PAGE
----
Chris Stott: Why businesses must persevere in the face of Brexit uncertainty

Businesses must hold their nerve during a time of uncertainty. Picture: PA
Businesses must hold their nerve during a time of uncertainty. Picture: PA
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Is anything certain these days?

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The economic outlook, the political order, Britain’s relationship with Europe or even what constitutes a high tackle in the Rugby World Cup right now – we live in a period plagued by uncertainty.
OK. Fans being left in the dark over World Rugby’s refereeing policy is not earth shattering. That said, the concept of not knowing the rules of engagement and what might come next is a feeling shared by many business leaders.
Management teams are unsure what the future looks like for their own operations and the conditions that will shape them. People say that uncertainty is the enemy of investment and growth. But, does it mean that everything will stop? No. It just means that they have to adjust their game plan.
Of course, there are some businesses that put certain decisions on hold. However, most leaders realise that standing still is not an option. The agitation that uncertainty provides creates challenges and opportunities – both of which must be addressed.
That requires business leaders to be flexible and consider putting alternative plans in place. It doesn’t mean doing nothing.
Admittedly, as a dealmaker, our industry has seen traditional M&A activity slowdown. Yet, while the big-ticket deals might be on ice, other forms of acquisitions, disposals and mergers just make strategic sense at this point in the cycle. Quite simply, they can unlock new geographies, products and expertise – often at a time when growth is proving hard to come by and most needed.
The changing profile of deals coming in the pipeline are just different. For us, we’ve never been busier with non-core disposals – where large corporates move to sell-off peripheral elements of their operations.
Essentially, management teams have come to realise that these typically lower profile, unloved or under invested divisions would be better served under independent ownership.
For the vendors themselves, disposing of non-core assets allows greater focus on strategic priorities – fewer distractions from their bread and butter operations – as if Eddie Jones were to call on his England squad to stick to a traditionally abrasive game of rucks and set-pieces. Selling non-core assets is a de-risking strategy. It enables the limited capital available to be put to better and more efficient use at the heart of a business. And in return, the timing couldn’t be better with quality assets commanding healthy and full prices, which can be reinvested back into the organisation.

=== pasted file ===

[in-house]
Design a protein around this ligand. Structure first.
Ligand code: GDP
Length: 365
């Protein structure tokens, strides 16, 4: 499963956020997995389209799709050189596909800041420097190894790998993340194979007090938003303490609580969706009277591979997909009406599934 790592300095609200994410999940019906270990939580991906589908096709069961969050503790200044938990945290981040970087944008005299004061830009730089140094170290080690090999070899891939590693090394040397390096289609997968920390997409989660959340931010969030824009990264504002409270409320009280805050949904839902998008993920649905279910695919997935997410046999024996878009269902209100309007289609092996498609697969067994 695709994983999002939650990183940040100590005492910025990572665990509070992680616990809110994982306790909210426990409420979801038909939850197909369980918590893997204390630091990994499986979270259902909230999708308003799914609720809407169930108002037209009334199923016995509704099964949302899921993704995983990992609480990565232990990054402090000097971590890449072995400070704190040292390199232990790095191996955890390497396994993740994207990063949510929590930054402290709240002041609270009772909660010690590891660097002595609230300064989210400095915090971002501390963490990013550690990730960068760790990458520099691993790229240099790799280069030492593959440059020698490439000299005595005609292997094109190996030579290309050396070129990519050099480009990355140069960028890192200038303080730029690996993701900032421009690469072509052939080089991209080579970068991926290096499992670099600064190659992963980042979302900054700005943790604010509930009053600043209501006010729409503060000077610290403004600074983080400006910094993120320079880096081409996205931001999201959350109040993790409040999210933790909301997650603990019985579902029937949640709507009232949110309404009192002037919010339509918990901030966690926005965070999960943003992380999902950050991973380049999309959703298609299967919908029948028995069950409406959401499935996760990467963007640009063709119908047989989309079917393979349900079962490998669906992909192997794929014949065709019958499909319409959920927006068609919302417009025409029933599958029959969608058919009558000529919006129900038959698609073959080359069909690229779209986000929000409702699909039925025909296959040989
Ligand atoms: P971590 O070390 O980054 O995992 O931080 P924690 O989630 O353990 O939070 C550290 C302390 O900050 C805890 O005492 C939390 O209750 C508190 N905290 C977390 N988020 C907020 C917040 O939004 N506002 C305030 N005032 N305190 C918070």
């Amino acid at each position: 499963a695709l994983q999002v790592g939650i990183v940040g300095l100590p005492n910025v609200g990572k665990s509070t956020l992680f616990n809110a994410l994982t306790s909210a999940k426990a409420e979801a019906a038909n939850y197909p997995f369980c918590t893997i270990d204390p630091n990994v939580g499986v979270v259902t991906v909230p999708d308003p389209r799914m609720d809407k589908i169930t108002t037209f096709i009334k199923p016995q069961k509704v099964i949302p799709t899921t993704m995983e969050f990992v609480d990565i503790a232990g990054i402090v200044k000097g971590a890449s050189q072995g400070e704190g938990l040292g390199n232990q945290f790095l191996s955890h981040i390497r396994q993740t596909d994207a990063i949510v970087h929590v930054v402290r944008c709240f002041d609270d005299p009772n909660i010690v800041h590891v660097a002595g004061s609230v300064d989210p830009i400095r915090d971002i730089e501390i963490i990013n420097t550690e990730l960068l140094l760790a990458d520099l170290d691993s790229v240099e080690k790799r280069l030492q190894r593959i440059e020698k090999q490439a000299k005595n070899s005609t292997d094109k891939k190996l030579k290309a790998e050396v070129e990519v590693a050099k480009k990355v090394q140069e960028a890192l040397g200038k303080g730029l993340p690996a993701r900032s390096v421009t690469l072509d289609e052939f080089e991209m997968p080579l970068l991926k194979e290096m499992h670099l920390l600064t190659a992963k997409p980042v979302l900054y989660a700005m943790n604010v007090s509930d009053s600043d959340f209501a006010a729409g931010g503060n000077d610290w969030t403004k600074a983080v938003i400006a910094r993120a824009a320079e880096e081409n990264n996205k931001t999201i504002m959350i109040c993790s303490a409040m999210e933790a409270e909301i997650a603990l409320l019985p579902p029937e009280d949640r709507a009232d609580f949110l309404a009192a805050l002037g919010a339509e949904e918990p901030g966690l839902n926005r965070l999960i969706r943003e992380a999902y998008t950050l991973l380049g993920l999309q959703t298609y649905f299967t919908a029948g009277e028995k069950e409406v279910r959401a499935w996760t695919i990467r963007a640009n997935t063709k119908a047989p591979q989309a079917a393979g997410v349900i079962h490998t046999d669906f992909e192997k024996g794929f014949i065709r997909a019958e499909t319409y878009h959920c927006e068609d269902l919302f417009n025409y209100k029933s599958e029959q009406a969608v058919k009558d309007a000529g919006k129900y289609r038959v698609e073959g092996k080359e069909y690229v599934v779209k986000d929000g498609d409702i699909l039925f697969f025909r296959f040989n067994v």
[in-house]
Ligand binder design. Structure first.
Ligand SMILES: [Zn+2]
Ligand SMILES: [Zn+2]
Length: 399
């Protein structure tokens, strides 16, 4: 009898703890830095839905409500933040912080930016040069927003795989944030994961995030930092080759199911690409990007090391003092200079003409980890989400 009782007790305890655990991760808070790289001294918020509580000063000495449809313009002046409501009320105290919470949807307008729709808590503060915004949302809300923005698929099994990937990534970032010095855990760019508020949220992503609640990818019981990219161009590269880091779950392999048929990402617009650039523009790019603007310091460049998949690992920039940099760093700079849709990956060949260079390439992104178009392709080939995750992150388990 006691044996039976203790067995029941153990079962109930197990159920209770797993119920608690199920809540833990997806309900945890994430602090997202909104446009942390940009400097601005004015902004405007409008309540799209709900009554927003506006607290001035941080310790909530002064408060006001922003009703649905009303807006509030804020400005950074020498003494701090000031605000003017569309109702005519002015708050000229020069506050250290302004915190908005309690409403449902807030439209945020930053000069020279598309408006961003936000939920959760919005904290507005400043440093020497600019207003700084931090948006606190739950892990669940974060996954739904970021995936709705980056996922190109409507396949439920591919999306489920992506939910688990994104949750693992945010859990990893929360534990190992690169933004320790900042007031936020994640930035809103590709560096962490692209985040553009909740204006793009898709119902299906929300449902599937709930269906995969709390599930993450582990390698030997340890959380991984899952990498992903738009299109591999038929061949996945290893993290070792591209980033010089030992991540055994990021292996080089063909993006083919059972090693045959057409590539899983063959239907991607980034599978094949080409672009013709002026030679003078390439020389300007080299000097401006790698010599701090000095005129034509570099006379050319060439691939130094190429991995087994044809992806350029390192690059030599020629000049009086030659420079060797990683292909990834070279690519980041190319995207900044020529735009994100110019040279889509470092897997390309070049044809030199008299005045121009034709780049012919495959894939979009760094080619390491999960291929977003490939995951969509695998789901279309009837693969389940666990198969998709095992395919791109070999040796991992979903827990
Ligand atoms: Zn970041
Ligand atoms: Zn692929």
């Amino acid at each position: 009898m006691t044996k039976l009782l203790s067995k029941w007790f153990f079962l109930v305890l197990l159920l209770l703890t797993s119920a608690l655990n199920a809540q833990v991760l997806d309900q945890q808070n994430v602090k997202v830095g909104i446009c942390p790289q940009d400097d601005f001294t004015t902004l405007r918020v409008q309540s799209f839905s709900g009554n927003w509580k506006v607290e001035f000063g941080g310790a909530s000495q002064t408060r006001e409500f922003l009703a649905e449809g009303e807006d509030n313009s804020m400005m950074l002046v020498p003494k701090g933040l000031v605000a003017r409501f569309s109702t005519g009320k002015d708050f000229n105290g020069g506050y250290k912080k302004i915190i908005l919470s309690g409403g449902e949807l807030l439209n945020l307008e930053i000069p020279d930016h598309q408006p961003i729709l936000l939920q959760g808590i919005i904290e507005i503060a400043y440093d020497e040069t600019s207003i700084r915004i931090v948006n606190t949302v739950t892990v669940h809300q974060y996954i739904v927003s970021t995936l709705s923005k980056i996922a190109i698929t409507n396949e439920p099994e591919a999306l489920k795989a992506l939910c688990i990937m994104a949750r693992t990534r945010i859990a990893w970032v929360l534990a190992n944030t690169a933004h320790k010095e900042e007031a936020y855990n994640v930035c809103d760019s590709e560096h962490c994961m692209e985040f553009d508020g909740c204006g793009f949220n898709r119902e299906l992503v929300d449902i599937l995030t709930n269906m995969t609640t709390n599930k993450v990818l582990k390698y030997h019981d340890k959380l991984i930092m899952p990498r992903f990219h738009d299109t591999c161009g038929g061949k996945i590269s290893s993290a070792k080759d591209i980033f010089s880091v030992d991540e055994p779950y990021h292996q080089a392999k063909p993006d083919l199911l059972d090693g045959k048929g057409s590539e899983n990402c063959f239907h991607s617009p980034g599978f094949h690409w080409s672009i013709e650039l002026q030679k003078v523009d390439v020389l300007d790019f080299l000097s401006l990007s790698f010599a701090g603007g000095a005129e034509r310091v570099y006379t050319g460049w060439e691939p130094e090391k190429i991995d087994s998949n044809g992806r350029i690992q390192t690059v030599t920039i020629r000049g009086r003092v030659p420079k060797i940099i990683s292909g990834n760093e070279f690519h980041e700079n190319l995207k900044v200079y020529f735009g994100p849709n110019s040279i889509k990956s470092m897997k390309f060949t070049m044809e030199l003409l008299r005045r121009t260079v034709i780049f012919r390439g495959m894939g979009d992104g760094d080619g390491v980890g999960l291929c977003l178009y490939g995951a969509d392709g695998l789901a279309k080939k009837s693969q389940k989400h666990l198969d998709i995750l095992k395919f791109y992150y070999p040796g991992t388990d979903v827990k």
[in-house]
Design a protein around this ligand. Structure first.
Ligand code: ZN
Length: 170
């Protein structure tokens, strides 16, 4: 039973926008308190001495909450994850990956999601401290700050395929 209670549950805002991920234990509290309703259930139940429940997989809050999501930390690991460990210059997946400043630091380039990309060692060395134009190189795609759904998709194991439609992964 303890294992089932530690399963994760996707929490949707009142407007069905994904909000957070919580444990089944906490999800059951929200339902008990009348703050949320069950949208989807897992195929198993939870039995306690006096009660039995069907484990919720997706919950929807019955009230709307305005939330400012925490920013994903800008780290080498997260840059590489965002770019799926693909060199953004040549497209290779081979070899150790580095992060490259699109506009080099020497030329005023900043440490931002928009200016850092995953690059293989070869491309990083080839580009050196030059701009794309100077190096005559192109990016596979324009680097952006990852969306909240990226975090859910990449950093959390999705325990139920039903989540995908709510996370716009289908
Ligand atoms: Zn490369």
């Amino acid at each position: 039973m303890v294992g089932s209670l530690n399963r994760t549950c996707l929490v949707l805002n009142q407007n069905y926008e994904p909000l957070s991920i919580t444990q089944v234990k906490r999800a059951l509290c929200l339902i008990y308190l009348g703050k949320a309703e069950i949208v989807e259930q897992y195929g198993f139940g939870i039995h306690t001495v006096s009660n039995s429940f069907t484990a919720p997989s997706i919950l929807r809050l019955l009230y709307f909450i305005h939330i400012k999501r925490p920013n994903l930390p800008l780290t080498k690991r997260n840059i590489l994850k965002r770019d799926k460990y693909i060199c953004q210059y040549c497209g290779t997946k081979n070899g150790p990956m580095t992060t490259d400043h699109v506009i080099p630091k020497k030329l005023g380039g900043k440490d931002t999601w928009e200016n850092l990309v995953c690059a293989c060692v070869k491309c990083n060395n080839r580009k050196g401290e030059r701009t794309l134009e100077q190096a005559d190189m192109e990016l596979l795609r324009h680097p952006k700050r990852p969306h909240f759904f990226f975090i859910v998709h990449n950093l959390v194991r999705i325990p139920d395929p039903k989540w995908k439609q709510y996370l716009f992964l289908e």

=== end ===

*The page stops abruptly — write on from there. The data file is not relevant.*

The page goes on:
Local businesses who have deployed this strategy recently include Pontefract-based Tangerine Confectionery selling Butterkist popcorn to Intersnack, Sheffield-headquartered building materials specialist SIG plc’s proposed sales of both its Air Handling Division and its Building Solutions Division and Leeds-headquartered food conglomerate Hain Celestial Group’s sale of Tilda rice to Ebro Foods.
The non-core selling trend is playing an important role in fuelling the private equity deals market which has an insatiable appetite for these assets. Prising a business from its mothership is never easy and often requires considerable investment.
But private equity houses are armed and motivated with the dry powder to get good deals done. They can give those businesses the attention they deserve in a bid to capitalise on the potentially significant upside that their new-found independence can offer. Good examples of this include Leeds-based private equity house LDC’s investment in RIBA Enterprises, the commercial arm of the Royal Institute of British Architects and Elysian capital’s investment in utilities services operation Fastflow, which was part of Northumbrian Water.
Yet, even if deals fall over and don’t complete, there is still work to be done. For those business owners that are unable to find investment or even sell-up completely, we’ve seen an increase in deals with alternative debt providers. These lenders are providing a new route to raising funds needed for growth.
Critically, these ‘unitranche’ deals also have a de-risking element. With such little visibility of what the political and economic climate might be in the short and medium term, they offer a chance to take money out of a business now and realise some of the value they have worked hard to build.
So, whatever happens in the coming weeks and months in Brussels or the City, you should take confidence that the world isn’t going to stop turning and your strategic options won’t run out. Just as you play to the whistle in rugby, the dealmaking and business community is persevering and making the most of the current conditions. The wind and rain might muddy the pitch, but you adjust your game plan and keep pressing forward.

By Chris Stott, partner in the deal advisory team at KPMG